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Defense Appropriations: Senate, House Diverge on Basic Research

Last week was a busy one for FY 2016 Department of Defense (DOD) appropriations, as the House approved its appropriations bill (H.R. 2685, 278-149 vote) the same day the Senate Appropriations Committee approved its own version on a voice vote (S. 1558); the Senate is also grappling with the National Defense Authorization Act.

Even though both bills adopt this same war funding strategy, they diverage on science and technology spending, especially basic research (see graph at right). While the House mostly adopts the President's request for reduced basic research funding in FY 2016, the Senate would grant increases above the request across programs (see this table). The Senate is also marginally more generous than the House on applied research.

In the Senate appropriations bill, which was first unveiled last week, increases were fairly broad-based across multiple programs in the military services, including boosts for intramural research, university programs and, as is fairly typical, funding for materials science. However, the Senate committee, like the House, would trim DARPA funding somewhat (by $20 million or 0.7 percent, compared with a House cut of 1.5 percent and a requested increase of 1.5 percent), directing the agency to make use of unobligated budget authority from prior years.

As has been widely reported, the central point of larger controversy remains, of course, Congressional Republicans' use of war funding, technically dubbed Overseas Contingency Operations funding or "OCO," as a means to get around the Budget Control Act defense spending caps without touching the constraints on nondefense spending. Both the House and Senate bills take the Pentagon's $51 billion OCO funding request and add at least $35 billion to it, resulting in bills that achieve a 4 percent defense spending increase even though current law allows barely any increase. Democrats have vowed to block and/or veto all legislation attempting this. This controversy emerged again during the Senate committee markup, prompting Ranking Member Sen. Barbara Mikulski (D-MD), critical of the OCO strategy, to remark that "OCO sounds like a rare bird from Costa Rica." Senator Dick Durbin (D-IL) also offered an amendment, voted down, to shift the excess funding from OCO to the base budget and add additional dollars for breast cancer and ALS research.

On the House floor, several amendments were accepted to increase funding for medical research under the Defense Health Program, as in prior years. DOD's medical research activities, which include a large extramural component, remain popular with appropriators. The amendment sponsors, amounts, and purposes include:

  • Rep. Rick Nolan (D-MN), $1 million for lung cancer research. Nolan's daughter is currently battling advanced lung cancer.
  • Rep. Alan Grayson (D-FL), $10 million for Gulf War Illness and $10 million for prostate cancer research.
  • Rep. Jackie Speier (D-CA), $5 million for Alzheimer's research.
  • Rep. Bill Keating (D-MA), $1 million for Duchenne muscular dystrophy.
  • Rep. Sheila Jackson Lee (D-TX), $1 million for post-traumatic stress disorder and $10 million for breast cancer research, of which Lee is a survivor.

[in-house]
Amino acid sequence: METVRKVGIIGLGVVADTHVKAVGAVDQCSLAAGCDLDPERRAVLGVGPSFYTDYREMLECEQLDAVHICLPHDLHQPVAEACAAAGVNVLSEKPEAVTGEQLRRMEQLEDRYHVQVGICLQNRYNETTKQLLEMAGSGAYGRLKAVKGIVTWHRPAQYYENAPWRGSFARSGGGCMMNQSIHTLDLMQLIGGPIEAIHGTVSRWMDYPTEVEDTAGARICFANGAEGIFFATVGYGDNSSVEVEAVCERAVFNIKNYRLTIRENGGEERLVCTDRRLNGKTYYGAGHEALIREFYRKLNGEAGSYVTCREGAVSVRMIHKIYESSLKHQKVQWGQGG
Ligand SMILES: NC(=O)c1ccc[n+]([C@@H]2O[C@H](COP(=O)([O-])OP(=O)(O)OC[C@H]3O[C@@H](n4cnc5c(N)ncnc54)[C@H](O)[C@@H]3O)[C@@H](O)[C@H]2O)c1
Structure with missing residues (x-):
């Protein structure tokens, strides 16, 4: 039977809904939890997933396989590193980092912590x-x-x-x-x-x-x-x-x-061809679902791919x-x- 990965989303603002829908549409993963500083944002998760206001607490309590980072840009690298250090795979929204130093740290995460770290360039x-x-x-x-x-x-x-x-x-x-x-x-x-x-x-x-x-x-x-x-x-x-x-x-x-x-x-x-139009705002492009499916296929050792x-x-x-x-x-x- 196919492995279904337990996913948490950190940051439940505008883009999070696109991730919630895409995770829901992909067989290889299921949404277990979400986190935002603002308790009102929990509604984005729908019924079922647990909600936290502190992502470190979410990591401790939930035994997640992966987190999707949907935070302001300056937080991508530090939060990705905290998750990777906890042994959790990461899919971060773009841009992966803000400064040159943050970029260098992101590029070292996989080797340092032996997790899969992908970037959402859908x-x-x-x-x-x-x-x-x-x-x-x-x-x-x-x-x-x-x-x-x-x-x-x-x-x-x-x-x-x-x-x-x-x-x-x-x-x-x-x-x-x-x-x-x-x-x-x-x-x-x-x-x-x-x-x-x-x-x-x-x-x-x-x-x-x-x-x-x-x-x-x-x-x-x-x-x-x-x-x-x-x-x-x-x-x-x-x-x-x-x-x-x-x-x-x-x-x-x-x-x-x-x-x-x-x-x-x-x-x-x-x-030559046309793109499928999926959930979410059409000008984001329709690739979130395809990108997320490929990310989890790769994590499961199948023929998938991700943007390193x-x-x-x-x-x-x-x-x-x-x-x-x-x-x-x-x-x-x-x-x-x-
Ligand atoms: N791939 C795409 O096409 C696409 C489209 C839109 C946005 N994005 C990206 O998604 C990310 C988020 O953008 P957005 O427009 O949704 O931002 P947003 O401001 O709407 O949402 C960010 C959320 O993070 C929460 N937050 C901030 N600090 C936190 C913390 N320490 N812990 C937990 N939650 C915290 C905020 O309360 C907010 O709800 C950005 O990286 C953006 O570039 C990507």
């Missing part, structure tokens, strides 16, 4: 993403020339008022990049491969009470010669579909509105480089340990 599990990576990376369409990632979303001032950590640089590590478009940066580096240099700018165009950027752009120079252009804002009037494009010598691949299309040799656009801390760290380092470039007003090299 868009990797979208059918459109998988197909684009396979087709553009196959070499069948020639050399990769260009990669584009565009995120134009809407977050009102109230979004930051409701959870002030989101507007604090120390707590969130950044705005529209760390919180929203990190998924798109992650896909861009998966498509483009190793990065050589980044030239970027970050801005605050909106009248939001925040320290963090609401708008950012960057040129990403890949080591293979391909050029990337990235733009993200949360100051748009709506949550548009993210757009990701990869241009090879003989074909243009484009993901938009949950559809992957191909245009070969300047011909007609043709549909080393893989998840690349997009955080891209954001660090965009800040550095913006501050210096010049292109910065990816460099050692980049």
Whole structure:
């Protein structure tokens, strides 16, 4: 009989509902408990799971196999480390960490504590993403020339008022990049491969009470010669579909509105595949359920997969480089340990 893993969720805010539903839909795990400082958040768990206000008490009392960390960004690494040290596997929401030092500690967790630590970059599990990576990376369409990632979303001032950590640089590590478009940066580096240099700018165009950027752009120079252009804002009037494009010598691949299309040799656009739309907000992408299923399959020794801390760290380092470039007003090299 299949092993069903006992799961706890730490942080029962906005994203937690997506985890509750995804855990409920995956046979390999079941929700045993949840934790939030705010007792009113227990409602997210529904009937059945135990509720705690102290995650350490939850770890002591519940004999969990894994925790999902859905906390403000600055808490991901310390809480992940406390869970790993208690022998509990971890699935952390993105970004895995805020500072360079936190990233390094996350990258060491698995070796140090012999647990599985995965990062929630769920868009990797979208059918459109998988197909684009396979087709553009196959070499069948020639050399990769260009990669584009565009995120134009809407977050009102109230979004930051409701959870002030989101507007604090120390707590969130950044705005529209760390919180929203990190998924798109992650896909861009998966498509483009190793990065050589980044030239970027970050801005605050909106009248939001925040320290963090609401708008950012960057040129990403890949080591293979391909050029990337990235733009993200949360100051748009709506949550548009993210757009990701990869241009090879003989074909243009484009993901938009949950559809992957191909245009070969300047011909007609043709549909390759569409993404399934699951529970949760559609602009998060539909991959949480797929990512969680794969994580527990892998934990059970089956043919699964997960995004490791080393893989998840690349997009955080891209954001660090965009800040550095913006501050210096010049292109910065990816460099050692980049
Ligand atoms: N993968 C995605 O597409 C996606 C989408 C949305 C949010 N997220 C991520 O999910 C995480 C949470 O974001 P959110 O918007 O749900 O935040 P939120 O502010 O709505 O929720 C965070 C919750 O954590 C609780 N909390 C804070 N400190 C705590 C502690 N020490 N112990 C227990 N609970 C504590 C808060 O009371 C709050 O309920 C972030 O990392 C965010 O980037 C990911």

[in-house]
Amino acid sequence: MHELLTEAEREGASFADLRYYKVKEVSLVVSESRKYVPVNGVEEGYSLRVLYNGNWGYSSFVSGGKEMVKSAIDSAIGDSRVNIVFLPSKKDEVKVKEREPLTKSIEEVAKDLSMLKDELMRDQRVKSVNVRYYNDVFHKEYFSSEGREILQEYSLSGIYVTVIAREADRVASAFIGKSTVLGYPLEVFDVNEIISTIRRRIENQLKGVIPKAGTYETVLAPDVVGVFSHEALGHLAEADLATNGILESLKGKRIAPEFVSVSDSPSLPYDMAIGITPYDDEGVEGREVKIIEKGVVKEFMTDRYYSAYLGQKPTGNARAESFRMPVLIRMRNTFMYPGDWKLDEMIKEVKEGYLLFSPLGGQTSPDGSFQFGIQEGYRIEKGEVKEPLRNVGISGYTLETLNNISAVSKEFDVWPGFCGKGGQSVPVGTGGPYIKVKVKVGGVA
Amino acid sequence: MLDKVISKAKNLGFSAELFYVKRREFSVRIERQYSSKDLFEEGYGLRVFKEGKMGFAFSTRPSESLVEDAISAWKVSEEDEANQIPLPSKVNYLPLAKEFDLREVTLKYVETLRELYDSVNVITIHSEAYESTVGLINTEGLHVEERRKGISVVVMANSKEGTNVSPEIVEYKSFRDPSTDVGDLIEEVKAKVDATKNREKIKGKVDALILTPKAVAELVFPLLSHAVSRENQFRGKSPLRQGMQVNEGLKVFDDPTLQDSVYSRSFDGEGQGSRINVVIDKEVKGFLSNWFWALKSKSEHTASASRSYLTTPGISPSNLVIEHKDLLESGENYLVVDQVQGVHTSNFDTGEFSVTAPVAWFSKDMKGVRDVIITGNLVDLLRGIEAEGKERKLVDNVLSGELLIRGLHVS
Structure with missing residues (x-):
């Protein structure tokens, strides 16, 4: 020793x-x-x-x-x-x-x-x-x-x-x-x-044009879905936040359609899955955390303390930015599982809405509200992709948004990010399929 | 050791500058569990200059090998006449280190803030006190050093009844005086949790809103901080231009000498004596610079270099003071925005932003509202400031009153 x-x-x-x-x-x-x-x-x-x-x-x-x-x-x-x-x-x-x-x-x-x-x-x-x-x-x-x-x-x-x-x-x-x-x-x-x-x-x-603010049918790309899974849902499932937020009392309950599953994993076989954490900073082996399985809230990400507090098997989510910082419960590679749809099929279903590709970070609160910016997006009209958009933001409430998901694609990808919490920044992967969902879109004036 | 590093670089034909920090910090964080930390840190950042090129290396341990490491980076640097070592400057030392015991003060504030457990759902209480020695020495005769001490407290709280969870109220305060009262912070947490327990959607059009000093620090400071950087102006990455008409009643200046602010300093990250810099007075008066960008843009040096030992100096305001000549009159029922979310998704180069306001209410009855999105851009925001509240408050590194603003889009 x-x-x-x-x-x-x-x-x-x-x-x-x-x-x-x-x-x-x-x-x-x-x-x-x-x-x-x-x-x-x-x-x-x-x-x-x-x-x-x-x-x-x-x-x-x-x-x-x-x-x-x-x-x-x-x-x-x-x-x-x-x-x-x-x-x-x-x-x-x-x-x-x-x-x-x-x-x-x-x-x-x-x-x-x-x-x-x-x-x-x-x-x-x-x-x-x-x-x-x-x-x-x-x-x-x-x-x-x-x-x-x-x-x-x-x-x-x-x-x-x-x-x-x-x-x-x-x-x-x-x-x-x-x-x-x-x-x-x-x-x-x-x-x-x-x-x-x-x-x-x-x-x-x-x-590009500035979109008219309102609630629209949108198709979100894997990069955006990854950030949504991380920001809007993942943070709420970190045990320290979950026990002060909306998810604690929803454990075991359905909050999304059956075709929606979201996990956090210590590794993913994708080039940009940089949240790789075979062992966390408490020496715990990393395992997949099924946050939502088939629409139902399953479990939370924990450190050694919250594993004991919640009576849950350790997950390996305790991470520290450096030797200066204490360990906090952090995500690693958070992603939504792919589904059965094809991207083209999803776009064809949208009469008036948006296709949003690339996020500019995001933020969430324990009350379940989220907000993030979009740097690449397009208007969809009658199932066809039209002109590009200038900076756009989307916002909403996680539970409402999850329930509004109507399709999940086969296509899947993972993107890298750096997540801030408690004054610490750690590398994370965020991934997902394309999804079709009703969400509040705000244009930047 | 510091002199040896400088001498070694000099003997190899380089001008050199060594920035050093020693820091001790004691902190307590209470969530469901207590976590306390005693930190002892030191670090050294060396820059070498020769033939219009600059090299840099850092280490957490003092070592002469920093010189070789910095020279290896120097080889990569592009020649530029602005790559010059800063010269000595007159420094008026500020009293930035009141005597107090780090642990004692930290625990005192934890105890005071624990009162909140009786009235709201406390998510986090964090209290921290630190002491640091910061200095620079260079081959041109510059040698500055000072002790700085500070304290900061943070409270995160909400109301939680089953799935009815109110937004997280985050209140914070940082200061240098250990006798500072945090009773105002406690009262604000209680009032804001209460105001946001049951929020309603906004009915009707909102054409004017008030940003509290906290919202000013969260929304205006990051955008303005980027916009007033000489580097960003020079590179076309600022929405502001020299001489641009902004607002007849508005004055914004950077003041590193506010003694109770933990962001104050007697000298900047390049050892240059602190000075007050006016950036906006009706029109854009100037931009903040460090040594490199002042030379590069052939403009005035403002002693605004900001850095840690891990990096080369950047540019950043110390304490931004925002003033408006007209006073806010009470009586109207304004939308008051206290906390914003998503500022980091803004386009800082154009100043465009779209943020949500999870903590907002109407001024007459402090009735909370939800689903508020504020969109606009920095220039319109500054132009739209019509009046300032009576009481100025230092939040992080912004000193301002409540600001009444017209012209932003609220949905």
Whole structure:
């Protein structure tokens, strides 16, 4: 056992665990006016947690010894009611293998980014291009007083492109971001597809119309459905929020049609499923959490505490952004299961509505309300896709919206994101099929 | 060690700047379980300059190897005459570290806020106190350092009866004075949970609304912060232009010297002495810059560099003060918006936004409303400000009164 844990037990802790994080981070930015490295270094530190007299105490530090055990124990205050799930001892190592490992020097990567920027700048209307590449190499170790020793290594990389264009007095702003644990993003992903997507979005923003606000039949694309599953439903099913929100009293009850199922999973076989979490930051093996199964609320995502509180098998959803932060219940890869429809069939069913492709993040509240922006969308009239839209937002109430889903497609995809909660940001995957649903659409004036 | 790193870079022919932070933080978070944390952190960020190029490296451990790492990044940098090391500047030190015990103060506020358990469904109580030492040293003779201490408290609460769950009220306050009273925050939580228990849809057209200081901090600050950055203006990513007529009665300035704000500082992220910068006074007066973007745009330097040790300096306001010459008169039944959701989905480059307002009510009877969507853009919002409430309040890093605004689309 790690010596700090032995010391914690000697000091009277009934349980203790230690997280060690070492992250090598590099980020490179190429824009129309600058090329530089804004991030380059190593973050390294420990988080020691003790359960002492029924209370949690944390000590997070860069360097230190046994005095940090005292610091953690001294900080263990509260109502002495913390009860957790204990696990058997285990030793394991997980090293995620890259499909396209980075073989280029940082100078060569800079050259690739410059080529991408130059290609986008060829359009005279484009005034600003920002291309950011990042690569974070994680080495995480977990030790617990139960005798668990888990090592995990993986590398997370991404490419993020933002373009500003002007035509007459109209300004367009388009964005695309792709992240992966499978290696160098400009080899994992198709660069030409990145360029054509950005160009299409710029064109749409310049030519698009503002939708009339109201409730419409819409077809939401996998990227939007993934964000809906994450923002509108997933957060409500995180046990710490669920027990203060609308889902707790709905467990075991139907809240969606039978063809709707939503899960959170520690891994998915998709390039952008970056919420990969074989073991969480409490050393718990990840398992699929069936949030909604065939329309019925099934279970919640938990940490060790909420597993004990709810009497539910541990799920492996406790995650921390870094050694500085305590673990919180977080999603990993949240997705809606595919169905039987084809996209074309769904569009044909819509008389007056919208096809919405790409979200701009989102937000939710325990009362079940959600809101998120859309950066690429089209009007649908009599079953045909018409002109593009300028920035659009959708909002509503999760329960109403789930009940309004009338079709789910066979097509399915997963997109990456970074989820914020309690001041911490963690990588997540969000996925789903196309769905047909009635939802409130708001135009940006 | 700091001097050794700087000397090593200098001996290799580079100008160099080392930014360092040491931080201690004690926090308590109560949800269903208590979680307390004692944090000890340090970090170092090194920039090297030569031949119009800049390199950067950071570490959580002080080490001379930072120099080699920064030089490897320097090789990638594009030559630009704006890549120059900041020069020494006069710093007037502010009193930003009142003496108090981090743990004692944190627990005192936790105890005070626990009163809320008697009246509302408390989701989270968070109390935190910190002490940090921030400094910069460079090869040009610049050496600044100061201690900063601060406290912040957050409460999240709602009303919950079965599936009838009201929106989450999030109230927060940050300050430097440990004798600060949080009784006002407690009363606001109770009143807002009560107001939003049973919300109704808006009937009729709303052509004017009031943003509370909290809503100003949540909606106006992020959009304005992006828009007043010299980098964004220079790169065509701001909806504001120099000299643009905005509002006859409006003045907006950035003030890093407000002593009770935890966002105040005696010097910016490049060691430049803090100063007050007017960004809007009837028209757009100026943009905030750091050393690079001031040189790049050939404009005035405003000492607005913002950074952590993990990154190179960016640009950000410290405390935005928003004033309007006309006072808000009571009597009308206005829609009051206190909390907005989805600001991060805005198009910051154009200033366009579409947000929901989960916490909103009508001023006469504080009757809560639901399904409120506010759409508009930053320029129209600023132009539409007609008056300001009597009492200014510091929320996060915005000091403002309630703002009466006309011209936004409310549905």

• Rep. Bill Pascrell (D-NJ), $25 million for traumatic brain injury.

These bring total spending for medical research, development, test, and evaluation (RDT&E) up to $1.6 billion for FY 2016 in the House bill, still a 5.2 percent reduction from the current year. By comparison, the Senate committee would grant a 3.9 percent increase for medical research. If it should reach the Senate floor, it's reasonable to expect an additional attempt or two to add more medical research dollars there.

Also successful on the House floor were a pair of controversial amendments from Rep. Randy Forbes (R-VA) to authorize the transfer of up to $3.5 billion to what's known as the Sea Based Deterrence Fund. The fund is intended as a means for the Navy to finance expensive replacements for the current Ohio-class submarine fleet, without further increasing the Navy's regular shipbuilding budget; the funding would instead come from other accounts over time. The measure has been criticized by Defense Appropriations Subcommittee Chairman Rodney Frelinghuysen (R-NJ), among others, who argue that the fund will divert funds away from other programs outside the Navy.

Unsuccessful House amendments included Rep. Alan Lowenthal's (D-CA) attempt to add an extra $2 million for DOD's Starbase program, which seeks to engage elementary school students in STEM learning.

In the Senate committee, one amendment that did make it through, offered by Sen. Jeanne Shaheen (D-NH), makes a call for defense and nondefense sequestration relief in FY 2016 and FY 2017, to be offset through "targeted changes in mandatory and discretionary categories and revenues." The amendment, which only expresses the sentiment without changing law, was accepted by an 18-12 vote.

Senate Republicans intend to make the Defense bill the first to the Senate floor, though Democratic leadership is still vowing to filibuster over the sequestration-level spending caps.

Cover photo credit: Department of Defense Flickr


Matt Hourihan


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